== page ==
Sunday, 19 September 2010

Does the mass media have a significant amount of power over its audience, or does the audience ultimately have more power than the media?

Media power vs people power are key debates in media, two theorists which represesnt opposite sides of this arguments are Theodor Adorno who represents media power and John Fiske who represents people power.

Adorno (1903 - 1969) was a member of the Frankfurt School for social research, a group of mainly Germans, Jewish intellectuals, who fled from Frankfurt to New York and Los Angeles when the Nazis rose to power in the 1930s.

Adorno being from Germany saw and new that Hitler had been able to use the media organisations as a tool for widespread propaganda and saw how it was being used in a negative way by the Nazis against the Jews. This is why I think he believes that media has more power over the audience, unlike John Fiske who represents the people power side of the argument.

Adorno and his colleague Max Horkheimer wrote the book ‘Dialectic of Enlightenment (1947) this book tells us their theory’s on the mass media and the impact it has on our society. The mass media was referred to as the ‘culture industry’ to indicate its nature: a well oiled machine producing entertainment products in order to make a profit. This comes as no surprise to us today because we recognise the music ‘industry’ the film ‘industry’ - but for the Germans it was devastating that ‘culture’ was reduced to a set of manufactured products. But John Fiske didn’t agree with this statement and he wants to show that the people are not drones and they don’t exist as a mass audience, they are a range of individuals with different tastes. And says ‘‘Culture is a living, active process. It can be developed only from within; it cannot be imposed from without or above”.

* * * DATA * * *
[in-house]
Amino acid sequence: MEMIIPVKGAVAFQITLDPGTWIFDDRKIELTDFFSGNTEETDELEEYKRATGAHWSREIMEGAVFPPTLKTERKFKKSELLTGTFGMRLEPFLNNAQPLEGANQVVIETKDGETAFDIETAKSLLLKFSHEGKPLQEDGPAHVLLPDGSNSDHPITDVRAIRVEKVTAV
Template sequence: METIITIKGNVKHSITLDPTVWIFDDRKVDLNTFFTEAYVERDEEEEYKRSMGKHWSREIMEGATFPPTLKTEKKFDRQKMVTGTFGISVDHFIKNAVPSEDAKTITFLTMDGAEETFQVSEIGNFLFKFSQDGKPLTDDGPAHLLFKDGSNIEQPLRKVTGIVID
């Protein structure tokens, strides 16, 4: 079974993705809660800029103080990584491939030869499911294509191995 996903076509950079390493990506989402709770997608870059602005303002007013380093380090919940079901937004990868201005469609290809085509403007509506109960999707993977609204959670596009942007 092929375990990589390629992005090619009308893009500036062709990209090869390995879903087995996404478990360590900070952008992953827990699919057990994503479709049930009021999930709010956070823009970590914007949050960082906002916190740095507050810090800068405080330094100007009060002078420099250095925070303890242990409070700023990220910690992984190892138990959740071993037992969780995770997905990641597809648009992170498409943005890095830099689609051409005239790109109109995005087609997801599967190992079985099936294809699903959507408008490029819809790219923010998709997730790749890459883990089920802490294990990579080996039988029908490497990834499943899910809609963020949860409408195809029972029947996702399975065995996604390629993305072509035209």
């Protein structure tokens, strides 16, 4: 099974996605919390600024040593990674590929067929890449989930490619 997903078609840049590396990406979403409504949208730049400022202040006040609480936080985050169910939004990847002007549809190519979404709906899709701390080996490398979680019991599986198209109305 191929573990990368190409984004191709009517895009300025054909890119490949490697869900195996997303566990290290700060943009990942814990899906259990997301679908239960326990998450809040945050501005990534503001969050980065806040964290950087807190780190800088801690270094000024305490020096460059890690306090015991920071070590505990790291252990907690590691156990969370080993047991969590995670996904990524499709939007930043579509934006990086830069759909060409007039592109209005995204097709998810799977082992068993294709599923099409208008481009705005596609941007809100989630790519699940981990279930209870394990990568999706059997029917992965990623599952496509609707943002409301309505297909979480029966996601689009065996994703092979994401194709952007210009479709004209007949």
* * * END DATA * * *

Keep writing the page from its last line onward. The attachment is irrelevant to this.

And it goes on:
Adorno and Horkheimer also believed that All products of the culture industry are ‘exactly the same because they reflect the values of the established system. Products may seem different, but this is an illusion and unusual talents are quickly absorbed into the system. But Fiske disagrees and thinks that pop music is not a set of recordings that we’ve been tricked somehow into liking, but instead they reflect what is genuinely popular at that time. He says that record and film companies make more flops that they do hits proving that audiences chose what they want and like. He says that audiences relate to their favourite songs or films in a complex way, based on their own identity, which is unique to themselves.

He says that audiences don’t accept a stream of similar products, instead there is a drive for innovation and change which comes from audience activity in the cultural economy.

Horkheimer and Adorno’s points can seem very relevant to the Hollywood films of today. They say it’s too easy to work out the ending, as soon as the film start for example the film sword fish explains this point. Axis of Awesome is also an example of a recent argument complimenting Adornos and Horkheimers point. They are an Australian comedy act and they’ve recently performed a song which tells us that what we hear in the popular songs today is actually all the same, consisting of just 4 chords. This makes us believe that actually the media is the same and we are just made to think that it’s different.

John Fiske was born 1939 and educated in Britain, graduated from Cambridge University. John Fiske’s work represents the opposite views of Adorno’s. He is a fan of popular culture and was one of the most influential media scholars in the world from the 70s to the 90s.

Fiske agrees that our choices are limited to an extent but, he argues, audiences interpret different meanings from texts. Most texts contain the preferred reading but also offers possibilities for audiences to interpret or create their own meanings. He argues that audiences are not merely consumers of texts, they produce meanings and pleasures from the texts, to make sense of their existence.

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